How Ford SA has improved quality control at its Gauteng plant

By Willem van de Putte Time of article published Oct 18, 2021

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PRETORIA: We’ve all been there. Around the braai fire, and the discussion turns to cars and how person A,B and C won’t ever touch another product from manufacturer A, B and C.

Whether it’s something that’s a minor irritation or a massive failure, almost everyone has a story to tell.

Gone are the days that it can be written off as a “Monday” car because all manufacturers are fighting for your hard-earned cash and can’t afford to be the troublesome one.

With that in mind, we got a rare glimpse into how Ford South Africa manages the quality assessment of vehicles it sells locally.

To say it’s a data analyst's dream is an understatement because there’s data and then there is quality assessment data that engineers drill down to the minutest detail.

To give you an idea how much the quality control has improved at Ford, manufacturers refer to it as repairs per 1000, so, before the Silverton plant started producing the current Ranger, Everest and Raptor 10 years ago, 400 units per 1 000 was the average. Currently it stands at 84 per 1000, a really significant improvement.

Taking their queue from the plant in Thailand, Ford’s quality control director Kevin Heunis says that once 200 000 new Rangers a year start rolling out of the local plant next year the aim is to bring the number down to eight per 1 000 by the end of 2022.

Heunis says that with the improvements to the plant and the Special Economic Zone adjacent to it built as part of a R15 billion investment, that number is reachable.

“We are going to build our own chassis on site and have also built our own stamping plant, having taken our suppliers along with us. That way we have full control and any quality issues can be addressed immediately.

“And, with Just In Time Parts, we can source immediately from the supply chain with minimal delay.”

But it’s not just vehicles that have recently left the plant that Ford focuses on. Heunis says they are continuing to apply best practice to ensure that all Ford owners have peace of mind when it comes to ownership and quality control.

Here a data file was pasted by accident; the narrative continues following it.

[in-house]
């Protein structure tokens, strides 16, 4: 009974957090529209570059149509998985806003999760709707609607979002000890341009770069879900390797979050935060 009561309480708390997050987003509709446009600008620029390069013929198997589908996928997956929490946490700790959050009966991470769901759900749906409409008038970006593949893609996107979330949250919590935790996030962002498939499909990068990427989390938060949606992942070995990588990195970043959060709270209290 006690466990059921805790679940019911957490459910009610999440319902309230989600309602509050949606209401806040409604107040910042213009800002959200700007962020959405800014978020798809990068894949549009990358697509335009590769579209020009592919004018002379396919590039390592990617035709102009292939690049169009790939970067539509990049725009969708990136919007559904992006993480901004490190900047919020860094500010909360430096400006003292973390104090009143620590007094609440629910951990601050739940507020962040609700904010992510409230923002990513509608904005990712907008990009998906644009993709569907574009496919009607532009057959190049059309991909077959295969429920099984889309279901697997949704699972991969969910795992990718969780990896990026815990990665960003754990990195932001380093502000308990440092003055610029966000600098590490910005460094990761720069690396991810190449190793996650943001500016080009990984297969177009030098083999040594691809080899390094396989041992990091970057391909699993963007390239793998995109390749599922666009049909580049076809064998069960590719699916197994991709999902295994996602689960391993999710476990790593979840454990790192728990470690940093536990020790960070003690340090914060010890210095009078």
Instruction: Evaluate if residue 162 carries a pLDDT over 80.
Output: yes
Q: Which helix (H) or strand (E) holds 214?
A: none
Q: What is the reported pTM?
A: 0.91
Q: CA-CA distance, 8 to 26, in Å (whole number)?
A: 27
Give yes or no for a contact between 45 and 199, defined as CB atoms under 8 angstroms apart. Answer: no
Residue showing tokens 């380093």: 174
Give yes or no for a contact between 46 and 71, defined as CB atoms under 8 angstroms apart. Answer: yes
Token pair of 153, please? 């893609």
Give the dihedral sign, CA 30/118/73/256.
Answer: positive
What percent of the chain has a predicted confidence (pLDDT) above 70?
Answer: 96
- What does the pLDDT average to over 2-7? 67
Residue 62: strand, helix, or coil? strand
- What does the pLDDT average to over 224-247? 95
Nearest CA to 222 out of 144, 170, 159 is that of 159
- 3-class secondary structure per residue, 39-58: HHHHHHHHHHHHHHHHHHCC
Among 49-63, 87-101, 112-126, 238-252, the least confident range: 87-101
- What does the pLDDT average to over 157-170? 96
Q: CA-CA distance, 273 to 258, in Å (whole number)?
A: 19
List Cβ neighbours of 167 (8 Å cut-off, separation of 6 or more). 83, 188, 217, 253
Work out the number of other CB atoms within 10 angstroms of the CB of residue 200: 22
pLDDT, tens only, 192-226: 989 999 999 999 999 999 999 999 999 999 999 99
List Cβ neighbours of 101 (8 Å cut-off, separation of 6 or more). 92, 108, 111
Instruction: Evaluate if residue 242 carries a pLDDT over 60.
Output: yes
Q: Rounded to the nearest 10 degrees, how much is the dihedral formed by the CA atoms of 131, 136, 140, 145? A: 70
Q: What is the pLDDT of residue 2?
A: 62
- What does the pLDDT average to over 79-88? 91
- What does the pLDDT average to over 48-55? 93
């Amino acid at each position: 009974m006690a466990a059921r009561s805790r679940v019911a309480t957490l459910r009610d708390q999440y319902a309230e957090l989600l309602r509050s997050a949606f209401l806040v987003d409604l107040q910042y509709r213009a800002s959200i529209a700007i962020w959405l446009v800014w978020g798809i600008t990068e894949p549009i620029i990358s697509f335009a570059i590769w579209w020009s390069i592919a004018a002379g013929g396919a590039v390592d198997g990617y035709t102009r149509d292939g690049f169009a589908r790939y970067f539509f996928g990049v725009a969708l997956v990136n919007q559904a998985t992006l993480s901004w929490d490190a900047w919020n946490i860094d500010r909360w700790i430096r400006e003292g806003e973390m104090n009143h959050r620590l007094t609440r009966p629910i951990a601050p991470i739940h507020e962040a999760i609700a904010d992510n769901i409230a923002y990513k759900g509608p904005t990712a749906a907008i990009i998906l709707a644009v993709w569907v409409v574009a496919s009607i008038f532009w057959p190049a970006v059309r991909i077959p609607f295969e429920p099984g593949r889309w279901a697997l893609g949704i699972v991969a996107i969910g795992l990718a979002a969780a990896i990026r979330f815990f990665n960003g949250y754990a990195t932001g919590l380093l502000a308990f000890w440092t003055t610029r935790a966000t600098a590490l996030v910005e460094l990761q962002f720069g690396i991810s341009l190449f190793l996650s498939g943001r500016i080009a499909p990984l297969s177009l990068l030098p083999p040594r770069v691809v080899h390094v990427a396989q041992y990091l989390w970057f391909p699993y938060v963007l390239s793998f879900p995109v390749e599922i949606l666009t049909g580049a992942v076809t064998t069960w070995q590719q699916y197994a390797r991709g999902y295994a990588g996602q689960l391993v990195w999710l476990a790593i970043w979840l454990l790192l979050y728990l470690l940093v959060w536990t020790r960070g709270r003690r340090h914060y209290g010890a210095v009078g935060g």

Every time a vehicle goes to a dealer for something to be repaired or replaced under warranty, they log it and track it. If a trend starts to form, it gets further attention from the engineers who then start to fault-find.

It could be something minor like updating the software or, in the case of the 1.0-litre turbo petrol engine, injector failure. In that case, the fault lay in the quality of our fuel.

Ford sends the information up the decision-making chain to make a finding on a solution.

Economies of scale also play a part. Let’s say it sells 200 000 vehicles with the engine worldwide and only 250 engines in South Africa are playing up, the local team will come up with a solution as an after-market fit.

If anything becomes a global issue, a recall will be issued.

In fact, the engineers can drill down so far that it can determine in what particular region in South Africa the fuel quality is sub-standard.

An amusing sidebar was an issue with scratches at the rear of headliners fitted to the Everest.

Once the complaints started coming through, the investigation showed the headliners that were delivered over a weekend were stored in a specific area and cats were using it as a place to sleep.

Without that kind of data it would in all possibility have been put down to shoddy workmanship.

With connectivity standard across the globe, Ford can use its FordPass Connect system to investigate individual vehicles. If an issue rears its head on a specific model, it can use the data to monitor any further faults and if it happens during the assembly process, address it immediately on the line.

The company also looks at the time it takes from when you drop your car off for repairs till you get it back nicely washed and shiny.

In April 2020, it stood at 71 days and has now been reduced to 23 days.

A caveat to the number though are the number of municipal and SAPS vehicles standing idle in the workshop, because apparently there isn't a budget for repairs.

The next time you have a couple of beers and braai a boerie, keep in mind that apart from cars being mechanical and made of steel and aluminium, which means things do break, know there’s a large team behind it doing their best to ensure they don't.

IOL Motoring

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